Flying Through Quality

Boeing 787 (Google Images)

Quality is an important factor when producing goods and services. Each organization sets its own quality standards based on customers’ demands and needs. If we look at quality from the customers’ perspective we will want to have products that we can rely on when using them, otherwise if the product is defective we might want to stop using it. On the manufacturers’ perspective if the customers are unsure of quality on their products, it is their job to make the necessary adjustments to make the product attractive to the customer again.  When the situation is created by defect on fabrication it can mean big amount of money losses for the manufacturer, therefore it should work on fixing the defects as soon as these are detected in order to avoid bigger losses and not get their reputation hurt.


An example of a company restoring confidence in its product is Boeing and the battery problems that its passenger jet 787s has been facing since January and that it cost them to stop flying them. According to an article in the New York Times by Christopher Drew and Jad Mouawad, the Federal Aviation Administration approved in April the company’s plan to fix the batteries of 50 jets that where delivered at that time. The authors explain that the lithium-ion batteries problems were detected when two of them had overheated in two different jets. As soon as the problem was detected its engineers worked on finding the causes of the defective batteries and the best approach to fix it. Collection of data was necessary to support the changes and come up with a plan.  Luckily, the 800 orders that were already planned for the plane were not affected, the authors explain, since it promised a 20 percent fuel savings. After collecting data and analyzing it, the company decided to send several technicians around the world to fix the batteries and install the new system which includes better insulation and other features to prevent batteries incidents (Drew and Mouawad). The article goes on by explaining that even after this efforts by the company to fix the problem, Japanese airlines have asked for more assurance that the incidents will not be likely to happen again or at least detected by introducing monitoring systems for the batteries that would send information about the batteries conditions and replacement of them every certain time period. All this efforts are done in order to recover the customer’s confidence.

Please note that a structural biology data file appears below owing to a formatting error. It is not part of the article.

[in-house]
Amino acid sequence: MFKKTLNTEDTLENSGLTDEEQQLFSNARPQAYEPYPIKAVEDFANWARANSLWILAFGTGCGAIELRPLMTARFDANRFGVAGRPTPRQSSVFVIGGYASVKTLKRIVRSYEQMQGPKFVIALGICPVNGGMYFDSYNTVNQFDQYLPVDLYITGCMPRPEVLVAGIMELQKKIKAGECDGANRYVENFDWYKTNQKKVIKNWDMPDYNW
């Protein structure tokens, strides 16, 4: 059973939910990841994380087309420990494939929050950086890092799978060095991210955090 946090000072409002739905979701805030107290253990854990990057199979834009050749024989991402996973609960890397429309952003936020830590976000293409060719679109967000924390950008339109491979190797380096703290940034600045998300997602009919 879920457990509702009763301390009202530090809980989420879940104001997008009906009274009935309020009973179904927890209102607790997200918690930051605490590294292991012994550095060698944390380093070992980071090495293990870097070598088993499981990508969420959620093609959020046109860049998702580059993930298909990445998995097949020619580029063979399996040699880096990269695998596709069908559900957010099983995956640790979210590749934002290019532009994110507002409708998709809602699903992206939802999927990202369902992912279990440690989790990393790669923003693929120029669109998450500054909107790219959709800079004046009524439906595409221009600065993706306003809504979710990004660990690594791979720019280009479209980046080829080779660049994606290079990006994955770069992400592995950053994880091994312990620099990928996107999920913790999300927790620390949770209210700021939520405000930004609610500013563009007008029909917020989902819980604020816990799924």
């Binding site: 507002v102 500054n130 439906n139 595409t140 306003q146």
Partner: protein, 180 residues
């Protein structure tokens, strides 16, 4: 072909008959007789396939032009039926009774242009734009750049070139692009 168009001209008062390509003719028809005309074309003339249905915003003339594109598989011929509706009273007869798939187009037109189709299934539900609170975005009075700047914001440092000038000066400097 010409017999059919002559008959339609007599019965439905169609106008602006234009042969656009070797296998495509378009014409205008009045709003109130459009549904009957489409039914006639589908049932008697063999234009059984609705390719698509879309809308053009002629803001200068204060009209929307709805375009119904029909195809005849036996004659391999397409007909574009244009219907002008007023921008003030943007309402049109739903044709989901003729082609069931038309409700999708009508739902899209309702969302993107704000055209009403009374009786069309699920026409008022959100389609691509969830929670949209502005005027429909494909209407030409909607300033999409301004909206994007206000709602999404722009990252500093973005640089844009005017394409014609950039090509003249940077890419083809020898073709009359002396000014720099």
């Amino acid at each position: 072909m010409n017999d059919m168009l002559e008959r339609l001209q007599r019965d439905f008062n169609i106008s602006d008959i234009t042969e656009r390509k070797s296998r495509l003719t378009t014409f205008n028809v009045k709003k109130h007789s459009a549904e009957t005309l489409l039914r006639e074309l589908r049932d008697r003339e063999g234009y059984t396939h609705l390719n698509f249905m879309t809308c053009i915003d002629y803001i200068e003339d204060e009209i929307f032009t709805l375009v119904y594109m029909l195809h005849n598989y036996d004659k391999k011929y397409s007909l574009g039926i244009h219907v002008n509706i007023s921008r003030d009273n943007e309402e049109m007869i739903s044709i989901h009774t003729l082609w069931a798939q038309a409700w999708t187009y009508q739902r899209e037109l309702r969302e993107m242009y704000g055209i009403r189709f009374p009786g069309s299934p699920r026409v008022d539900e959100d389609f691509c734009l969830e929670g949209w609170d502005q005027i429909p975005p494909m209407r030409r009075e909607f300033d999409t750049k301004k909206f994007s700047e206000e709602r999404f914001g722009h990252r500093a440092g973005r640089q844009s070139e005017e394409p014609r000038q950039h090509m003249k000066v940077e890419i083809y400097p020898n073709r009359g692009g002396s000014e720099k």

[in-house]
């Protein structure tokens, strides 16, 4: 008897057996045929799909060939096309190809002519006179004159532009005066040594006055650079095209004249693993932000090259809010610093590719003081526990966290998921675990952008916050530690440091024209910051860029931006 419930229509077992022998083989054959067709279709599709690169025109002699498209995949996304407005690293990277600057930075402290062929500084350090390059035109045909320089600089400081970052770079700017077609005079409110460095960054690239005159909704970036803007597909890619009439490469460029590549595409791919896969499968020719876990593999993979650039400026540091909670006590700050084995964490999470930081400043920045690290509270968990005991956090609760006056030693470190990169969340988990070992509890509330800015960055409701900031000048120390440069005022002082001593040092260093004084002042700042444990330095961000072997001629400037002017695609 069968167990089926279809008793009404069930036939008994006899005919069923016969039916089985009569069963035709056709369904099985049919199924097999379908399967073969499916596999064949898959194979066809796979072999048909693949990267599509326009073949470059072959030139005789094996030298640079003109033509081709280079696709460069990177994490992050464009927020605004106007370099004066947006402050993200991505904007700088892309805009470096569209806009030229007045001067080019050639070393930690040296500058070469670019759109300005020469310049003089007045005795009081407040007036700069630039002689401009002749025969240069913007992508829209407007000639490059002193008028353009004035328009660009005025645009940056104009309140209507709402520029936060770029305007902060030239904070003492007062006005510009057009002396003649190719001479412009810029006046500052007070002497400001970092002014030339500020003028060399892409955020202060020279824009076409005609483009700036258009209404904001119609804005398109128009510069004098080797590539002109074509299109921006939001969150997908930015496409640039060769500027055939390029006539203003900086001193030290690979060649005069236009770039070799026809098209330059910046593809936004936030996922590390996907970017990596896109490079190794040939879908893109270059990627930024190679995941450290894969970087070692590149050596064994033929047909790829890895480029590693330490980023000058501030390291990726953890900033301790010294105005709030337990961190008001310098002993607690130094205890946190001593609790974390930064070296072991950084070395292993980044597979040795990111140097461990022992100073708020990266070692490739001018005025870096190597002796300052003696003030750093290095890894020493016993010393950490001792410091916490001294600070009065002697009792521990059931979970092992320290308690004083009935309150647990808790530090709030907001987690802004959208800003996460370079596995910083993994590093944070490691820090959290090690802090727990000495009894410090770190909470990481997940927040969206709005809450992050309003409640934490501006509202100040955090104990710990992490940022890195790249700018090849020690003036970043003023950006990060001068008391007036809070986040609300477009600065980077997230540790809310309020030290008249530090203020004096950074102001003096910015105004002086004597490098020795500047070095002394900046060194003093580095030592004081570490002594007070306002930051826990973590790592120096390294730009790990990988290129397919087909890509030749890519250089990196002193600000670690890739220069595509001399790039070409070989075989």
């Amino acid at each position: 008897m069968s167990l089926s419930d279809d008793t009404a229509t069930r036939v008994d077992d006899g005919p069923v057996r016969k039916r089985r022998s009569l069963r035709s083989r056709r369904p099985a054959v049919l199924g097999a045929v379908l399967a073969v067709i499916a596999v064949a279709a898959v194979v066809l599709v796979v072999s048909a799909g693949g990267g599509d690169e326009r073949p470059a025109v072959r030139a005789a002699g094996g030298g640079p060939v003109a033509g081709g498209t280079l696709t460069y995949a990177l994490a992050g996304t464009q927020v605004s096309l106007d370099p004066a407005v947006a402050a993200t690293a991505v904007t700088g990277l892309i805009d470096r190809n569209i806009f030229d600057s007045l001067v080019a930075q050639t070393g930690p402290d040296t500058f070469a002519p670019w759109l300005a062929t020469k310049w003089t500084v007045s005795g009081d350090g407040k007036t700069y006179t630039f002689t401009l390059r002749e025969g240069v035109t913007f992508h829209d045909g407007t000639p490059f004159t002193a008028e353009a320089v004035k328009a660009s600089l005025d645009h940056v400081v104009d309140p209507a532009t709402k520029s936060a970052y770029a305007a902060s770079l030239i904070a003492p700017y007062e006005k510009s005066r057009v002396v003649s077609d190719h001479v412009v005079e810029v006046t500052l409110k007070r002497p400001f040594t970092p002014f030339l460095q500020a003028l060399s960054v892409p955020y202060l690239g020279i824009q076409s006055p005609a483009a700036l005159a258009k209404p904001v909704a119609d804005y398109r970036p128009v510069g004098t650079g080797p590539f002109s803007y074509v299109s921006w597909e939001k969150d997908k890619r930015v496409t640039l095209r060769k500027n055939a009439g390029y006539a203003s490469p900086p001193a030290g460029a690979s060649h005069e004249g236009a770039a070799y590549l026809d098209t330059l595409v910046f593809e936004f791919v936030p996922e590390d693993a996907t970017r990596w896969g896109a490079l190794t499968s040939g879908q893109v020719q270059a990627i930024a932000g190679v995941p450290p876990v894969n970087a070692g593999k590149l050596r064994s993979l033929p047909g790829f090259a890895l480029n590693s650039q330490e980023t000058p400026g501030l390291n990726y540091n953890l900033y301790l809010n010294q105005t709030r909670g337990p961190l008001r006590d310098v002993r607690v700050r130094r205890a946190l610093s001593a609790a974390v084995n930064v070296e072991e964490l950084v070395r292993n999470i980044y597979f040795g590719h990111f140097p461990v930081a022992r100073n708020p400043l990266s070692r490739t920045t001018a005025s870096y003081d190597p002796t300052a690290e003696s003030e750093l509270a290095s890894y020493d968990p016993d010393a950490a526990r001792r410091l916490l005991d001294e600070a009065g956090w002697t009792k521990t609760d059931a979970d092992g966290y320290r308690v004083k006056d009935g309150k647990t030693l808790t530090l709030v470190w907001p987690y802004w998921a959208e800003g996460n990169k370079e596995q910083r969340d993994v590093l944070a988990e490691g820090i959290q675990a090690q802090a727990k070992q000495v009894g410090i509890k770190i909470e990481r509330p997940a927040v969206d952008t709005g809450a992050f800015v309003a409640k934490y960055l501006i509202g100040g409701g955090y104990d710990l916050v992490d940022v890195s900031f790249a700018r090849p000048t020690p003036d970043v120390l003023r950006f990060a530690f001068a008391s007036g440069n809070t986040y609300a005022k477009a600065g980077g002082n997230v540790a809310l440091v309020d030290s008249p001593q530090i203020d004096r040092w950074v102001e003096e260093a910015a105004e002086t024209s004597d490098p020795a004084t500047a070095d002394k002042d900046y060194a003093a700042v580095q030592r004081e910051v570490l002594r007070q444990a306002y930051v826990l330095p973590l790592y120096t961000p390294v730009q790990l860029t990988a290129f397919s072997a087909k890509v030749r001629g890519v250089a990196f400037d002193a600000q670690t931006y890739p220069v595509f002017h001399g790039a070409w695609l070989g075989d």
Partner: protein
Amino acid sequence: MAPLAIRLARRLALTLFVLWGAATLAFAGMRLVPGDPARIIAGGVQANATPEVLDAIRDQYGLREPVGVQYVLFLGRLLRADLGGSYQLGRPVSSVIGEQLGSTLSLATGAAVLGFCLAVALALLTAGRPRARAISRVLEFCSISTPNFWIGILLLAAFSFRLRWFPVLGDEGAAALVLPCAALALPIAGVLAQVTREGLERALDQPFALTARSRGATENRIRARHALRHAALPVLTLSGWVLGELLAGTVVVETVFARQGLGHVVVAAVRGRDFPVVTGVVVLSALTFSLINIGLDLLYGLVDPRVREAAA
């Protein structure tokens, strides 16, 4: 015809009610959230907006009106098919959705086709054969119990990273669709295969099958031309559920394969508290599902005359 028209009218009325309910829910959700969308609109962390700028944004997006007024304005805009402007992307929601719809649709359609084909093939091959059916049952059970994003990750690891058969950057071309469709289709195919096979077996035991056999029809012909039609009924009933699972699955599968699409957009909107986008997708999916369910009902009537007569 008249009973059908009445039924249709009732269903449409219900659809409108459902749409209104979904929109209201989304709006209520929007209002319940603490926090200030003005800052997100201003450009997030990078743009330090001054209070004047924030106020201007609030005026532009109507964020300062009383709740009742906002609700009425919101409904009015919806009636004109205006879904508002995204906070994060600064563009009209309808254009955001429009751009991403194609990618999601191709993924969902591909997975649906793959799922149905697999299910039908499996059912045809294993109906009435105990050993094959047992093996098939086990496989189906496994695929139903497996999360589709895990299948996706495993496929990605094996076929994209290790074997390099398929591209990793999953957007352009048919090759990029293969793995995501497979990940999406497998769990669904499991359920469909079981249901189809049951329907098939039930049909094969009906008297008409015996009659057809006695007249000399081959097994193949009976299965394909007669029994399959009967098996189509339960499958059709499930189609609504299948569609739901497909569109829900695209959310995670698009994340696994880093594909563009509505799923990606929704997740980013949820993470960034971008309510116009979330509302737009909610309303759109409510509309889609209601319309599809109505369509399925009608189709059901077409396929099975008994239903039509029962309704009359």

We can see in this example how a defect might represents serious consequences in the company’s reputation and generate monetary losses. This illustrates the importance of having systems that monitor the quality and processes on production and if problems are presented look for the causes and fix them as soon as possible.

Do you think Boeing’s approach to solve the problem was appropriate? Should the company provide monitoring systems that Japanese airlines demand or do you think is enough just by replacing the batteries and the insulation system implemented?



2 thoughts on “Flying Through Quality

  1. Quality is a term that can have different meanings to different people. Quality management on the other hand has a more specific definition. Quality management focuses more on the consistency of a product or organization through such things as quality planning, quality control, quality assurance and quality improvement.

    The article and your comments lead me to believe that poor quality management processes may have impacted the “performance” of the 787s. More emphasis should have been spent to detect and prevent the battery-related problems. Boeing is now faced with a quality improvement dilemma, and customers such as those in Japan want more reassurance that the 787 is a “quality” plane.

  2. Flying before on the 787 i had a great experience. No overheating, 30 minutes faster than flying before, and more comfort while being on the plane. This shaped my thoughts on Boeing’s new plane to be positive one. I think Boeing’s approach to their problem was a fair one. They acknowledged the problem and worked to fix it. Safety is very important, since safety is a huge priority when it comes to flying. If the company expects to continue operating they have to care about the quality of their planes and the quality of their service. To the Japanese Boeing could meet them half way and Boeing could have put the tracking systems on the planes that were sold to Japan to maintain their building contracts and their reputation.

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